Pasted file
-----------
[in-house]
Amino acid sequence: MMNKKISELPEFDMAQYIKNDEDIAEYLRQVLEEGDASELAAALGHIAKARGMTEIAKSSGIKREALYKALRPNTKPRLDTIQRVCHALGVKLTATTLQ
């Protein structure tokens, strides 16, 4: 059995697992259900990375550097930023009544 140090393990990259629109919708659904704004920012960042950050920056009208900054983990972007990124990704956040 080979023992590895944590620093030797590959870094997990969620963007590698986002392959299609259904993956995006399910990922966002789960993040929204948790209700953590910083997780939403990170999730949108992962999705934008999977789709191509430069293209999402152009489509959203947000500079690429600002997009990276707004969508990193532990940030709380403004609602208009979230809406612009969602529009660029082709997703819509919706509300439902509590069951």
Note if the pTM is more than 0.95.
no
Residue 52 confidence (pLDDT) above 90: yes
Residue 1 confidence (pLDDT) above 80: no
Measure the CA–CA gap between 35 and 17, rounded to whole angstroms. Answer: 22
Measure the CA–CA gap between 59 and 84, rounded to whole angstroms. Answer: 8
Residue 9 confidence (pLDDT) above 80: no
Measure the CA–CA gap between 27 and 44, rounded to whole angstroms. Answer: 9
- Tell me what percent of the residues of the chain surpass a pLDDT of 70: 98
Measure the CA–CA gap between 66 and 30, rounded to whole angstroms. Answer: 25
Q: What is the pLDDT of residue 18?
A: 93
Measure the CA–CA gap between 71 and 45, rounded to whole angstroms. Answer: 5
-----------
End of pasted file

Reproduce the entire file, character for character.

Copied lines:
[in-house]
Amino acid sequence: MMNKKISELPEFDMAQYIKNDEDIAEYLRQVLEEGDASELAAALGHIAKARGMTEIAKSSGIKREALYKALRPNTKPRLDTIQRVCHALGVKLTATTLQ
């Protein structure tokens, strides 16, 4: 059995697992259900990375550097930023009544 140090393990990259629109919708659904704004920012960042950050920056009208900054983990972007990124990704956040 080979023992590895944590620093030797590959870094997990969620963007590698986002392959299609259904993956995006399910990922966002789960993040929204948790209700953590910083997780939403990170999730949108992962999705934008999977789709191509430069293209999402152009489509959203947000500079690429600002997009990276707004969508990193532990940030709380403004609602208009979230809406612009969602529009660029082709997703819509919706509300439902509590069951």
Note if the pTM is more than 0.95.
no
Residue 52 confidence (pLDDT) above 90: yes
Residue 1 confidence (pLDDT) above 80: no
Measure the CA–CA gap between 35 and 17, rounded to whole angstroms. Answer: 22
Measure the CA–CA gap between 59 and 84, rounded to whole angstroms. Answer: 8
Residue 9 confidence (pLDDT) above 80: no
Measure the CA–CA gap between 27 and 44, rounded to whole angstroms. Answer: 9
- Tell me what percent of the residues of the chain surpass a pLDDT of 70: 98
Measure the CA–CA gap between 66 and 30, rounded to whole angstroms. Answer: 25
Q: What is the pLDDT of residue 18?
A: 93
Measure the CA–CA gap between 71 and 45, rounded to whole angstroms. Answer: 5